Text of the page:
I have my pen and paper ready to take some notes, but end up doodling on the corners of the page. The full knowledge uncomfortably creeping over me that there will be no ‘quick fix, five key points, whatever you do watch out for these telltale signs’ kinds of enlightenment. It’s going to be more of the same old, same old, until one way or the other it’s finally over. “Keep a stiff upper lip” is tonight’s storm-weather beacon. Casting a judgmental glance around me tonight my first and deepest impression is that of systemic failure. Our systems may be outdated and crumbling before our eyes, brick by brick. Now that more and more cracks are appearing, we’re scrambling to daub paint on the surface to make it look sound. Maybe we’re afraid to face the fact that the whole thing—our so-called social order—may be coming apart. The cornerstone structures of school, church, government and marriage are falling down. And these people here tonight may well represent those first telltale, cautionary faults spreading out across the surface.

After Robin’s talk, we are all invited to have some coffee and chat informally. I place my vacant pad of paper on my chair, all too aware of the absence of anything helpful written on it. I self-consciously wish that I had brought a hat or scarf to conceal this, like a truant child. It is as though it somehow is a reflection of my lack of commitment to my daughter’s recovery.

I now move over to the lineup in front of the coffee urn. The man and woman standing directly behind me are rotund people of middle age who look like gnomes from an old world fable. When I glance and smile at them, they take it as a cue to open up. It is as if their voices have been muted for far too long, and if they can’t say something, anything, they will burst.

In a strong German accent, the man says, “Vot a vonderful place zis iz for dose poor people mit de drugs hapit.”

His wife nods approvingly to this statement, her beleaguered frown telling volumes about their story. I shake my head a little too exaggeratedly, perhaps even idiotically, as if the gesture itself is in some alien language whose sympathetic meaning may transcend linguistic differences. “Wonderful. Wonderful,” I say, rocking back and forth slightly on my toes and staring dumbly at the darkened window, as if I am waiting for a sign or good omen of vindication and possibly hope, something miraculous that will ease the tension in the room, for me, at least.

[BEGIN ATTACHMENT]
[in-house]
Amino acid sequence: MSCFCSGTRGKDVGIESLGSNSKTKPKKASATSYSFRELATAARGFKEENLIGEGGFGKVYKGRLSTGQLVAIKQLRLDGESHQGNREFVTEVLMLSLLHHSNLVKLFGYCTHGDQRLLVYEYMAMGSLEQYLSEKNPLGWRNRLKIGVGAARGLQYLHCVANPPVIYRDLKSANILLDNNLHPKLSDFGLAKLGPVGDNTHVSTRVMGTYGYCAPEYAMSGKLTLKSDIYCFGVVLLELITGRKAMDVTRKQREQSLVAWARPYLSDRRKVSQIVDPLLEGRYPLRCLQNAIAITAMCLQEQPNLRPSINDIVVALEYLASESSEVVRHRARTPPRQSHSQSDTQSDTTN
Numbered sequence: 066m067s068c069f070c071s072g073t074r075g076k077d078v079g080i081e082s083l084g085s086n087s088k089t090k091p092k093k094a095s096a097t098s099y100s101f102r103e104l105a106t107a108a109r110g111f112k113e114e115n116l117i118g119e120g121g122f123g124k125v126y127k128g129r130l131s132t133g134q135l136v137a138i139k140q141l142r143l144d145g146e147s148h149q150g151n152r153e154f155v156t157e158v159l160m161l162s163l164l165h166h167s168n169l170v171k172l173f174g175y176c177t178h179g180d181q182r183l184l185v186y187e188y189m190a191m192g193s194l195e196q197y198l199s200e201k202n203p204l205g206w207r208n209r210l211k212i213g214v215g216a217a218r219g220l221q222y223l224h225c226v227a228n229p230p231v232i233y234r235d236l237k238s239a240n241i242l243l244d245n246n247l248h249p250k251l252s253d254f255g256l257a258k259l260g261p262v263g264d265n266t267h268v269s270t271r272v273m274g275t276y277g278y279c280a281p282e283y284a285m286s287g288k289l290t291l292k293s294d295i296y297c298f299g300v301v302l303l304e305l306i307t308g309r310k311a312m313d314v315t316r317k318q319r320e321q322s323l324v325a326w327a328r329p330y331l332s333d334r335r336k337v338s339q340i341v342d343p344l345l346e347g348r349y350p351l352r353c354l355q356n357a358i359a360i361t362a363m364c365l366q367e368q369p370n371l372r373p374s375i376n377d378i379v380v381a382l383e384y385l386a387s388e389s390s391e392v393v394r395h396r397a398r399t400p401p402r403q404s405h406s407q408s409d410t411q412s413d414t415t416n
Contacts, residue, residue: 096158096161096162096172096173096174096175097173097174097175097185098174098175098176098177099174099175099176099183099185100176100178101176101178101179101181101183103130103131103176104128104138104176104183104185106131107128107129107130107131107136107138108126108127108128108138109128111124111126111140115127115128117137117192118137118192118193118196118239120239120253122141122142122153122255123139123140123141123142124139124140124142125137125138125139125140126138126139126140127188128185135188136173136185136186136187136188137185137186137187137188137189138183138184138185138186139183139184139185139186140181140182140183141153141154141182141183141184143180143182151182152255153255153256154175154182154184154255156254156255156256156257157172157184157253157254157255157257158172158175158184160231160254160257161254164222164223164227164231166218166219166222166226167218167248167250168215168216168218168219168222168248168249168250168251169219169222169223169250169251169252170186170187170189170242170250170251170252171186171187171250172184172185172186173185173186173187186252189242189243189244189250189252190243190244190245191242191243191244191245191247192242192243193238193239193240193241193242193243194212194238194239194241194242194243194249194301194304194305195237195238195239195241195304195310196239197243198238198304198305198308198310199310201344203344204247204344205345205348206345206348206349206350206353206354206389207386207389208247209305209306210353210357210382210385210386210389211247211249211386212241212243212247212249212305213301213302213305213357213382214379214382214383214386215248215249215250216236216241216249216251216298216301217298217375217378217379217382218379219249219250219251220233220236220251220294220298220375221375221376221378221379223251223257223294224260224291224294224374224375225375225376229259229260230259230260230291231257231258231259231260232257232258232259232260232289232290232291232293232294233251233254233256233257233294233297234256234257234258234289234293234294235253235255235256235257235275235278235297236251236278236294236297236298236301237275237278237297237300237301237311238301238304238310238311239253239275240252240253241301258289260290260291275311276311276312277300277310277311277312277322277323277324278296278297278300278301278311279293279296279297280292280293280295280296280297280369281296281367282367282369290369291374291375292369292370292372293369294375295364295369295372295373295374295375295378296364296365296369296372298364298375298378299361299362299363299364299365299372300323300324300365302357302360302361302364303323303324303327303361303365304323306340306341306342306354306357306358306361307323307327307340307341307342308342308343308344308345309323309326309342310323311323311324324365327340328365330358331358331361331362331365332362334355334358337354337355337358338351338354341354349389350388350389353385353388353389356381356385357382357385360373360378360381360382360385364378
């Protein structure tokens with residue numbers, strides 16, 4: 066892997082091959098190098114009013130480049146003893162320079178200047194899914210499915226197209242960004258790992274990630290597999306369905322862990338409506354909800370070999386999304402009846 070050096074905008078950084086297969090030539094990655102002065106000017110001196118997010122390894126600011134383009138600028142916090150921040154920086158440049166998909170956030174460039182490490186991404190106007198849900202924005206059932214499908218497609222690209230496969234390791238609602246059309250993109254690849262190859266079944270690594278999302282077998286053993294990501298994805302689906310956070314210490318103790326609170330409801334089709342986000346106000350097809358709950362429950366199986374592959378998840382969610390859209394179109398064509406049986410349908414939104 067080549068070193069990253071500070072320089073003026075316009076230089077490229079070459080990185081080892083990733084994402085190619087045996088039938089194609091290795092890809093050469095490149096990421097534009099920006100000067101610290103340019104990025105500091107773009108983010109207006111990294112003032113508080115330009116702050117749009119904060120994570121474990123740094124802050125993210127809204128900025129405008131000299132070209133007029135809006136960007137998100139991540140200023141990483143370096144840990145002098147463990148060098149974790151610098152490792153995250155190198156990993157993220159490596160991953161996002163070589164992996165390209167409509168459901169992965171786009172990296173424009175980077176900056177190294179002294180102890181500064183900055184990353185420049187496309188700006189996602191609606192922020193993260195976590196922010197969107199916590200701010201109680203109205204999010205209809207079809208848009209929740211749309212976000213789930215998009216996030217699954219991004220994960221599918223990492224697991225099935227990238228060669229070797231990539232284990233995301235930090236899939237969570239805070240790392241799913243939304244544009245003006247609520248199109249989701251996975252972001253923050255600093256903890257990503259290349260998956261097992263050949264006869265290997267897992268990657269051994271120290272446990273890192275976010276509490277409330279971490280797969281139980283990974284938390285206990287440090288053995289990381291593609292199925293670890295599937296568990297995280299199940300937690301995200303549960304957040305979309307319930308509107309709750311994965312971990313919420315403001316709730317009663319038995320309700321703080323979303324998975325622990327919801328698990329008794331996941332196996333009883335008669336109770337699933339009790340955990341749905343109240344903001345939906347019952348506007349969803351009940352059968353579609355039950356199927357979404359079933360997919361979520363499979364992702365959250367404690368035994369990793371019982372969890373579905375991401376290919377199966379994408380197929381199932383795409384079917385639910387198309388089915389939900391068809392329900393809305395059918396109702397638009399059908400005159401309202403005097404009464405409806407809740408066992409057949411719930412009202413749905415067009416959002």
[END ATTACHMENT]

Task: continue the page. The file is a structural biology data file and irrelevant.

The man now sticks out his little, fat hand. “I am Helmut unt zis iz my vife, Heidi. Ve own Helmut’s Sausage Heaven. You may haf zeen our advertising on za teevee, yah?”

It is true. I, like everyone else west of the Rockies, have seen the television ads with the fat little cartoon character in lederhosen who, by the way, looks a hell of a lot like Helmut hailing one and all to “come unt taste my award-winning sausage.” This guy’s made a bundle stuffing his bratwurst. I must admit, I’m sure I’m not alone in saying that those singsong commercials with the bit about “having a taste of his all meat sausage” have spawned more than one light-hearted sexual jibe around the office. This is especially true when some sweet saucy trainee from the steno pool happens to be within earshot. I can say with confidence that Desiree has been taunted with this shallow, carnal reference by more than one of the brokers on our floor.